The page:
Veronica and her husband, Roger, had a daughter, Madison, together during their marriage, but when they decided to divorce in 2014, Roger got custody of Madison.
Veronica still had visiting rights, but seeing Madison got harder and harder as Roger began moving frequently: within a 3-year period, he moved to two other cities in West Virginia and one out of state. Roger’s relationships were also a point of instability, as he moved twice for one girlfriend, then moved again when he got a new girlfriend.
In 2017, Roger and her girlfriend at the time both died of drug overdoses while he was living in the same city as his parents. Madison’s grandparents immediately took her into their home and filed for emergency guardianship of Madison and told the court they had no idea where Veronica was.
Meanwhile, Veronica had no idea Roger had passed away or that Madison was with her grandparents. When she couldn’t reach Roger and hadn’t seen Madison for months, she finally got a hold of Roger’s parents and found out what had happened, but they wouldn’t agree to let her see Madison.
Veronica reached out to her local Legal Aid office and gave them as much information as she knew, and she asked a staff attorney if she had custody rights. The LAWV attorney told her that as a parent, she should have rights to her daughter, as long as there hadn’t been any abuse. Veronica assured her attorney there wasn’t; she was just interested in getting her daughter full-time since Roger had passed away.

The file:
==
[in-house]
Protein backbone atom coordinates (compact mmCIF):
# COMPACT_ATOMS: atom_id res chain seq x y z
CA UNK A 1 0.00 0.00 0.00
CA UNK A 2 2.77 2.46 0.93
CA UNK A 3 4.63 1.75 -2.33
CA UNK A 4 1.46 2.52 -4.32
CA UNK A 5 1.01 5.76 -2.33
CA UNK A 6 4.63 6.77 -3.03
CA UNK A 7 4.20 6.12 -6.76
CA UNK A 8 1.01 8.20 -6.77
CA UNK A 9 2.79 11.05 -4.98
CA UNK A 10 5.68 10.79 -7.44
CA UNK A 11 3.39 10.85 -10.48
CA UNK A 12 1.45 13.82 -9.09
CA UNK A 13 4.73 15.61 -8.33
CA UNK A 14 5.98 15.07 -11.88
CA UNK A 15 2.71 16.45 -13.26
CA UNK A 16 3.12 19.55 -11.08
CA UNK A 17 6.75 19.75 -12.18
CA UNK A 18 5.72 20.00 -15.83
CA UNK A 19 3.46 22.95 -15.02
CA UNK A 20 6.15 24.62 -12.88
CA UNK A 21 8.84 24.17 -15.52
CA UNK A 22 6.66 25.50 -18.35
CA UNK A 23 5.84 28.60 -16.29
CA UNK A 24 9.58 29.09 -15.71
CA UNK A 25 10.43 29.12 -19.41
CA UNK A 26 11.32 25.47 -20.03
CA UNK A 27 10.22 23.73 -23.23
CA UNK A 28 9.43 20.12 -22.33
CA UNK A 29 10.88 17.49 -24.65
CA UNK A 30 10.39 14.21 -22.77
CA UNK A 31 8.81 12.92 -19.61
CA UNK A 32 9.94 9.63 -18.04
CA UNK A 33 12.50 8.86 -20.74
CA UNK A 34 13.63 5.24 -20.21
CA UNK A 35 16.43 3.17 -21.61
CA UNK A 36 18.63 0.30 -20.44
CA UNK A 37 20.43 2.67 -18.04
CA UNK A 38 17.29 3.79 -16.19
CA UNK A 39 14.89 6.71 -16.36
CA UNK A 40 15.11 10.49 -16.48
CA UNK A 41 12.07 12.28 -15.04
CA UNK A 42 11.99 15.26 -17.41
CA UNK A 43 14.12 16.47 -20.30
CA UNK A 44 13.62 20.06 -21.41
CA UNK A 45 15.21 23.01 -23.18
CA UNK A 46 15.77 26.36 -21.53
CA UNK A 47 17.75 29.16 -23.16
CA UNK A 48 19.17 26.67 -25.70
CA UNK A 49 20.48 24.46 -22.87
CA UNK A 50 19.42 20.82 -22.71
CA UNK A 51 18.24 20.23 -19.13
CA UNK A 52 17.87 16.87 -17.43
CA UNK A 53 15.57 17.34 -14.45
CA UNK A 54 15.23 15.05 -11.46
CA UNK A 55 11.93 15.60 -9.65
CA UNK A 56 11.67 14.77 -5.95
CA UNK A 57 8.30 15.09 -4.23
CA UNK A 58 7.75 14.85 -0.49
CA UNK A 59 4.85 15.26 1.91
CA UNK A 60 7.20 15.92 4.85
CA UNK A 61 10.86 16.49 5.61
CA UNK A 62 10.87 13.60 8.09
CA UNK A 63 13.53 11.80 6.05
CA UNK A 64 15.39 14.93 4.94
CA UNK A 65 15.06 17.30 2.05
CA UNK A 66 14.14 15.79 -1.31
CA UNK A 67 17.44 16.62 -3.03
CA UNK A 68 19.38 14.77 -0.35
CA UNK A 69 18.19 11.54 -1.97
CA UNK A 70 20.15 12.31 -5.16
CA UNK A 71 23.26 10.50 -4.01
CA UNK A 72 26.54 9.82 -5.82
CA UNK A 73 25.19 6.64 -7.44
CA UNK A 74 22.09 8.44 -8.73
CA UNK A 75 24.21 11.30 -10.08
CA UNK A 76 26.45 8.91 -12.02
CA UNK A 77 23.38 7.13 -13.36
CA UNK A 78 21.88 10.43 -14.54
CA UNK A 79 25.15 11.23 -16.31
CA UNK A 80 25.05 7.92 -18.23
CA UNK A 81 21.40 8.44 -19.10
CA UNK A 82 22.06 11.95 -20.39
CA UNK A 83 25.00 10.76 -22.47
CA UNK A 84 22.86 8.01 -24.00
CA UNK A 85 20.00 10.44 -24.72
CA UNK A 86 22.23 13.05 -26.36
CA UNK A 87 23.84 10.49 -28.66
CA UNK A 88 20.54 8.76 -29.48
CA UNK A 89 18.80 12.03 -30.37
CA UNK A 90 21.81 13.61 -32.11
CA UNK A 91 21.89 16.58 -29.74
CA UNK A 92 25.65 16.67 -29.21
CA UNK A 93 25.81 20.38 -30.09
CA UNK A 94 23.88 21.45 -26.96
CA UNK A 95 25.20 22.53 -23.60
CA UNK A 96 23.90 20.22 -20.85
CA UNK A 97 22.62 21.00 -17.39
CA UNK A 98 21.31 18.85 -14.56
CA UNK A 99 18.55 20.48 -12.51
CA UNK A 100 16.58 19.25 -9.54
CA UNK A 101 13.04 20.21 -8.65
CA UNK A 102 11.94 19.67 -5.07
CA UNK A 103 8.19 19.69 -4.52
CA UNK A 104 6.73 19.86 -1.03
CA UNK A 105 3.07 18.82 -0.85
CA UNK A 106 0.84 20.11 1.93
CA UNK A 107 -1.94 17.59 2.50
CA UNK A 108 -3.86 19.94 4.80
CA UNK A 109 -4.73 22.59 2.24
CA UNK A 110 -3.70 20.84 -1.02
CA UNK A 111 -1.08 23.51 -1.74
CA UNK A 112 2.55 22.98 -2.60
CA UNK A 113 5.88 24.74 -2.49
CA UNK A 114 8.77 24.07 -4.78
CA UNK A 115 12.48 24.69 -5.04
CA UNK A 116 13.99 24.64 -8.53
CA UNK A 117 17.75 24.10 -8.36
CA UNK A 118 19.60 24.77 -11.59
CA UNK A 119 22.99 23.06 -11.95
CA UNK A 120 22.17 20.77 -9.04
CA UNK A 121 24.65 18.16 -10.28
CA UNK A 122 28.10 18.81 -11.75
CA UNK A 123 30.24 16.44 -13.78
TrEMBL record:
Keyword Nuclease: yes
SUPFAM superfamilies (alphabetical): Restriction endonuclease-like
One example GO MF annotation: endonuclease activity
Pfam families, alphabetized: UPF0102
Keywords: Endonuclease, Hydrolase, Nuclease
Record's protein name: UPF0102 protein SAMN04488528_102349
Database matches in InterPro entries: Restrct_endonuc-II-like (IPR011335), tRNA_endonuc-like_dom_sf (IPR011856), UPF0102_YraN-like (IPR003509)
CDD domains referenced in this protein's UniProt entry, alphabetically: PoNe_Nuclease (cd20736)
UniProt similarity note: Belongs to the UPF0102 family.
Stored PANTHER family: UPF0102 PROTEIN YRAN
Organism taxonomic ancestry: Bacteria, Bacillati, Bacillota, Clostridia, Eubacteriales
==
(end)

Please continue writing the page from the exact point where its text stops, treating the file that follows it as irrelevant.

Because they wanted to keep their granddaughter, Roger’s parents filed many allegations against Veronica, stating that she was an unfit mother. Because of this, the family court judge appointed a guardian ad litem to provide the court with an assessment of both homes. The guardian ad litem completed a brief report and recommended that Madison stay with Roger’s parents, citing Veronica’s living situation as cause—she didn’t own her home but instead lived in a home owned by a relative, among other things. They also stated that Veronica didn’t use all of her parenting time, which counted as “somewhat” abandoning Madison.
Veronica’s LAWV attorney worked hard to prove she was a good mother, invested in using her parenting time and creating a stable home for her daughter. It wasn’t an easy process, but Veronica and her attorney worked together through several hearings and appeals. Finally, after being apart for almost a year and a half after Roger’s death, Veronica was granted full custody of her daughter. Veronica and Madison are now together full-time and have worked out times to visit Roger’s parents, too.